Xhol Caravan - "Altena 1969" (Garden of Delights 2006, CD 116)
Xhol - "Altena 1970" (Garden of Delights 2006, CD 117)
From Aural Innovations April 2010 update
Xhol Caravan's 1969 studio album Electrip is one of Krautrock's enduring classics. The band began as Soul Caravan, which featured African American vocalists James Rhodes and Ronnie Swinson. It's not surprising that the earlier material by this incarnation of the band was much more soul and R&B influenced than the experimental free jazz psychedelic rock combo they would morph into as Xhol Caravan.
The first of these two live releases from Garden of Delights finds the band in a transitional stage. Altena 1969 predates the recording of Electrip. While Ronnie Swinson had left, James Rhodes was still in the band. On this extraordinary (and very well recorded) document the band has clearly moved on into stranger territory, the sound they would develop for Electrip, but the presence of Rhodes still lends their performance a touch of the old R&B sound of Soul Caravan as well. The showpiece of the album is definitely the nearly hour long Freedom Opera. Completists should note that this is the same recording of Freedom Opera that appeared on Motherfuckers Live (even though MFL says it's a performance from 1968), but here of course, we get more of the same concert, including four songs totalling 23-minutes.
Things kick off with Olé, an excellent cover of the John Coltrane classic. Saxophonists Tim Belbe and Hansi Fischer were clearly greatly influenced by Coltrane, but the band here brilliantly takes the jazz number and transforms it into a sensuous rock jam, with plenty of Hammond organ and some mesmerizing grooves. So Damn, So Down and So Blue (originally the B-side of their first single), as its title would suggest, finds the band in slow bluesy mode, with James Rhodes providing soulful vocals. It's followed by Psychedelic Sally, a rockin' version of the Horace Silver jazz tune. And finally, we have the classic sounding original R&B of Emptiness. Rounding out the disc, or more precisely, filling out most of it is The Freedom Opera, a monstrous amalgamation of a number of tunes, many originals, but also a few covers, that blend and melt into each other. From the awesome experimental jazz rock fusion meets surf rock of Acapulco Gold, to a searing cover of Donovan's Season of the Witch, to James Rhodes' cries of "get your mind together and be real people" as he leads the band into the raucous and infectious Soul Caravan tune African Song with its trippy drum and flute interlude, the band takes the listeners on a non-stop, wild and incredible journey through rock, jazz, psychedelia, experimental freakiness and R&B grooves that's full of energy and power. Worth the price of the CD alone. You can definitely hear the seeds of Electrip germinating here in this terrific psychedelic odyssey. James Rhodes would leave the band some time after this concert, the band would record the seminal Electrip, and then change their name to simply Xhol (apparently to avoid confusion with the British Canterbury group Caravan).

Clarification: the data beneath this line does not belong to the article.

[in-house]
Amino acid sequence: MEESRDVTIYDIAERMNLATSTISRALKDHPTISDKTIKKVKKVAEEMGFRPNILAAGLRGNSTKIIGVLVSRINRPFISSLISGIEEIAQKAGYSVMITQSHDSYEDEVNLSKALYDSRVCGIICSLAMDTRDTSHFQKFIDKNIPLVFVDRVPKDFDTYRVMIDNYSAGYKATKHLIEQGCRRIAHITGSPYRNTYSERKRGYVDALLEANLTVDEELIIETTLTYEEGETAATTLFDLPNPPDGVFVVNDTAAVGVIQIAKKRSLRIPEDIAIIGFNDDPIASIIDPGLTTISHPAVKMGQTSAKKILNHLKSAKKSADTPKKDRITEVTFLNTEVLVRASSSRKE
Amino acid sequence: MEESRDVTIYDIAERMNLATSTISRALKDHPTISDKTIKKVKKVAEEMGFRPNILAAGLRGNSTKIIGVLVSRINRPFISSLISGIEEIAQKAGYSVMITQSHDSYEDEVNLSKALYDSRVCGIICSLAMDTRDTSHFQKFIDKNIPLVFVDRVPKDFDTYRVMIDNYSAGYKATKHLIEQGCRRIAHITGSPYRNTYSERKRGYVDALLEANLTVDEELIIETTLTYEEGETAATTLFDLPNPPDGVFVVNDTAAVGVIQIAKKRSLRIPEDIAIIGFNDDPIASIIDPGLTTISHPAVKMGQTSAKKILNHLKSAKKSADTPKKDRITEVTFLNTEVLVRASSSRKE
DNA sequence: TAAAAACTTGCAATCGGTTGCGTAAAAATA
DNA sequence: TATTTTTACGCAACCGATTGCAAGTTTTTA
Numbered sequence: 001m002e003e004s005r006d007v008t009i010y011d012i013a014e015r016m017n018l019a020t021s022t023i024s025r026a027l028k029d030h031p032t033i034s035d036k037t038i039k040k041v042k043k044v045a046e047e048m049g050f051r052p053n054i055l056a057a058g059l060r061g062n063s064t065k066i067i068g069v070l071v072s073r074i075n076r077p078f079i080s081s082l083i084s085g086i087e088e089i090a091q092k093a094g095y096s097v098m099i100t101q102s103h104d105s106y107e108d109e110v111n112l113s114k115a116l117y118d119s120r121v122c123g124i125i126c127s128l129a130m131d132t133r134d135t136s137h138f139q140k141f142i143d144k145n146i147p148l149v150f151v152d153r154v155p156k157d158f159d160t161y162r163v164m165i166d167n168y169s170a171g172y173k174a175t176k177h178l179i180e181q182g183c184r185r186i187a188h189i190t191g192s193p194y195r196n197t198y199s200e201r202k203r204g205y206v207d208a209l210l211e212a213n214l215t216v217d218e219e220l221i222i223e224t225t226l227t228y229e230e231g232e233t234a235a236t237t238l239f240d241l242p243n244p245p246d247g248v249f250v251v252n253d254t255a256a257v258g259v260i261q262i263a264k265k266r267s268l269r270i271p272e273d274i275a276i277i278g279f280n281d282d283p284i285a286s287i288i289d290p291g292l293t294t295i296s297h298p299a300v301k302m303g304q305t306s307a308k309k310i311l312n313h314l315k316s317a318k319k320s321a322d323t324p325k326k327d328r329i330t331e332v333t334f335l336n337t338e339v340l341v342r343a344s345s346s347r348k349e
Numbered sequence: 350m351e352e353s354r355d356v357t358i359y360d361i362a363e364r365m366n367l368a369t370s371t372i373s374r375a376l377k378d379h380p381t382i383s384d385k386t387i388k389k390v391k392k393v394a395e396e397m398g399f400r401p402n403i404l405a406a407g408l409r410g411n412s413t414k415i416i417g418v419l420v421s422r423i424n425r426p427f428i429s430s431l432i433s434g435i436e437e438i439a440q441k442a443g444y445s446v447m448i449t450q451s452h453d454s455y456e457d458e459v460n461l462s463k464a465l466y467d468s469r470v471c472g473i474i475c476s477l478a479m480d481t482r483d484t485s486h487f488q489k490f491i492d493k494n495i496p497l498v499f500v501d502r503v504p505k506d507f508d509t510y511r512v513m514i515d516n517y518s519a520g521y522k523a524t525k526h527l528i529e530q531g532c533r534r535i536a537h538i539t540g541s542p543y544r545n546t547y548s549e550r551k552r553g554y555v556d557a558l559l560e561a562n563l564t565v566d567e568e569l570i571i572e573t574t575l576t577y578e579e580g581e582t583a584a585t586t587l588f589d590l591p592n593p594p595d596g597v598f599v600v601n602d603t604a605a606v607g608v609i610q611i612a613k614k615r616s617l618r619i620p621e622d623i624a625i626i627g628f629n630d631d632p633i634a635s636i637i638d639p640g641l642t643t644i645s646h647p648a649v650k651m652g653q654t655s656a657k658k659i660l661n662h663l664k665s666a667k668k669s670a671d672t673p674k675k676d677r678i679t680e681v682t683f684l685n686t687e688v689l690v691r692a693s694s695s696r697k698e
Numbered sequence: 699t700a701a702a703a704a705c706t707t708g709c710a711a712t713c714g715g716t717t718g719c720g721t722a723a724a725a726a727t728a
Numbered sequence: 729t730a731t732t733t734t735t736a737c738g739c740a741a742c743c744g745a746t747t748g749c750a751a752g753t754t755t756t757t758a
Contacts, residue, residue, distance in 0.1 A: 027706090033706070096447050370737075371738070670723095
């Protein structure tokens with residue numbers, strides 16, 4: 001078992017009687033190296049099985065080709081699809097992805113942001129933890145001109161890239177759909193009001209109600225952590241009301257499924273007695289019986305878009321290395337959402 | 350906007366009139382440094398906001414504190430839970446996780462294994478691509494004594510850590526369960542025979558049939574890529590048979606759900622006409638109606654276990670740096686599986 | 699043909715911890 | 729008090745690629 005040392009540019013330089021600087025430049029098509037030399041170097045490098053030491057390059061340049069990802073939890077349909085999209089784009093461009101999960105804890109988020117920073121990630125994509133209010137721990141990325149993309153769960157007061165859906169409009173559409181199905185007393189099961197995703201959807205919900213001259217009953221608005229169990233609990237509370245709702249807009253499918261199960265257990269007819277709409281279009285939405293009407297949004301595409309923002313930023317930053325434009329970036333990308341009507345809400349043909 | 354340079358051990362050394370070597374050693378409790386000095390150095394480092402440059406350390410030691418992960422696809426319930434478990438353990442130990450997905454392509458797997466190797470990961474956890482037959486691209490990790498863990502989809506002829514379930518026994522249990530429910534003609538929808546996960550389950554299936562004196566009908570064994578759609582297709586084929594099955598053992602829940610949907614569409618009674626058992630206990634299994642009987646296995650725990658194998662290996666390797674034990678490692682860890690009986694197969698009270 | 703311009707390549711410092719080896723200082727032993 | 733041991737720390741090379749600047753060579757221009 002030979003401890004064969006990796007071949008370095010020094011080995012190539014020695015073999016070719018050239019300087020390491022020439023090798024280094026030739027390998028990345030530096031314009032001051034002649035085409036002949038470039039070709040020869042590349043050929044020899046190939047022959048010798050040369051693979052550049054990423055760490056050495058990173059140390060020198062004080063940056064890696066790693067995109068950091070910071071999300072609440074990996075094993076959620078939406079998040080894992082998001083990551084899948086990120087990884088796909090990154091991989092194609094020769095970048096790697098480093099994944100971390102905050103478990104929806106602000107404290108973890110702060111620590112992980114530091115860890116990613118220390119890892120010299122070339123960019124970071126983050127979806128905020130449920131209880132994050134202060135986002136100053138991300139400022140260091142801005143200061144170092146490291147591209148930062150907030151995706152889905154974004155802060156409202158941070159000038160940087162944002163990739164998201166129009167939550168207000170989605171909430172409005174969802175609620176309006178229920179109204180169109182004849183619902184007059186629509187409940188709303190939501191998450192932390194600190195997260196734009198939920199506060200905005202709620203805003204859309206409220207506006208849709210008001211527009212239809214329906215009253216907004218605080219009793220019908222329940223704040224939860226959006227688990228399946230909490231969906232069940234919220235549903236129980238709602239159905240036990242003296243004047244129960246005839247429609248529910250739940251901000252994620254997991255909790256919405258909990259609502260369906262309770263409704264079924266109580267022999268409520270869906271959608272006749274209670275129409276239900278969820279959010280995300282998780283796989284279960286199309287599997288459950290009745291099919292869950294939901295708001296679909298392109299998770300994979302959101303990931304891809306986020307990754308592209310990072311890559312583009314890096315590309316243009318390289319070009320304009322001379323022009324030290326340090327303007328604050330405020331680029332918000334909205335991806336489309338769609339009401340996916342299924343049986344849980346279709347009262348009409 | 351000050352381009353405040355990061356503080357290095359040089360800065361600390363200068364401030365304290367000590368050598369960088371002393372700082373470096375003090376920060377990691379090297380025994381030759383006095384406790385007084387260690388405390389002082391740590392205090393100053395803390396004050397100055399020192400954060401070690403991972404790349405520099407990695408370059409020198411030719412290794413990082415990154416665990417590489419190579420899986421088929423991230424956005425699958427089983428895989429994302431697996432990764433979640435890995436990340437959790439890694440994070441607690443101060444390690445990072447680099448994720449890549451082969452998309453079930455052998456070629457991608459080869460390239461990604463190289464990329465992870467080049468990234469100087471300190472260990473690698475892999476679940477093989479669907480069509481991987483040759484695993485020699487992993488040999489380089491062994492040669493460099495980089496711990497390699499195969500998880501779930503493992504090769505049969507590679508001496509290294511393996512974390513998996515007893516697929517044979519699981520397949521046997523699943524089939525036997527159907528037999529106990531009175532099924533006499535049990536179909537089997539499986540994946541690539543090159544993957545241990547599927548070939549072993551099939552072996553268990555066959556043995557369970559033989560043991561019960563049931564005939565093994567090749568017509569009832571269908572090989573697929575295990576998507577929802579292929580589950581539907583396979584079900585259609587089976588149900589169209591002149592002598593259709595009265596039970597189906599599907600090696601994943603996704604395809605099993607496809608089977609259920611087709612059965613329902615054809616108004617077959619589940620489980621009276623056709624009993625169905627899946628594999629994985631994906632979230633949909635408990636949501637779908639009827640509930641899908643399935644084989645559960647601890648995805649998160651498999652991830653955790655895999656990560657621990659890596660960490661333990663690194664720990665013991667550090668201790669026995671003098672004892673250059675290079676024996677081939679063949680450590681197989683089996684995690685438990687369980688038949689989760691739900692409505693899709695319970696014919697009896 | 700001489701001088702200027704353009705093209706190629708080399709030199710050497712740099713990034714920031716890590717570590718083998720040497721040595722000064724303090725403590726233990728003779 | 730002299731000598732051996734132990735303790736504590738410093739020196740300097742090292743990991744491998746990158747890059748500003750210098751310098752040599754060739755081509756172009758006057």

It was under this guise that the band recorded another live gig in Altena in 1970. By this time, the band had moved more into pure jazz rock territory, jettisoning the vocals and psychedelic flourishes for a more conventional, but still highly enjoyable listen. Consisting of three lengthy tracks (two of which clock in at well over 30-minutes each), the CD is a pretty full 80-minutes of music (one 20-minute long piece was omitted from the original concert as it couldn't be fit on the disc). I Can't Wait finds Hansi Fischer focusing more on flute, giving the swingy, funky groove and very period jazz feel for the early 70's. It's a little more subdued that the stuff on Altena 1969, and doesn't quite have the freakiness of Electrip, but it's still some great jazz rock fusion. The other lengthy cut, Xholenium is perhaps a touch more freakier than I Can't Wait, beginning with some raucous free jazz sax squonking before the rest of the band joins in. There are some definitely freakier, more experimental passages on this piece, more akin to the stuff they played on Electrip. Speaking of Electrip, sandwiched between these two lengthy cuts is a 9-minute version of Electric Fun Fair from that album. Without the singing and crazy poetic interjections of James Rhodes on Altena 69, Altena 70 may make for a bit of a tedious listen for some, but fans of extended, early 70's jazz rock fusion are sure enjoy this.
So, although only recorded a year apart, these releases are quite different sounding, and show us a band in constant change and evolution. It unfortunately was not to last much longer as the band dissolved in 1972. They did however reunite in the late 1990's and early 2000's to play some gigs before, sadly, Tim Belbe passed away in 2004. These two discs, however, are excellent documents of the time before, and the time just after the classic Electrip was released, and present two different sides of the band in their prime.
The band also has a website at: http://www.xhol.de
For more information, visit the Garden of Delights website at: http://diregarden.com/
Reviewed by Jeff Fitzgerald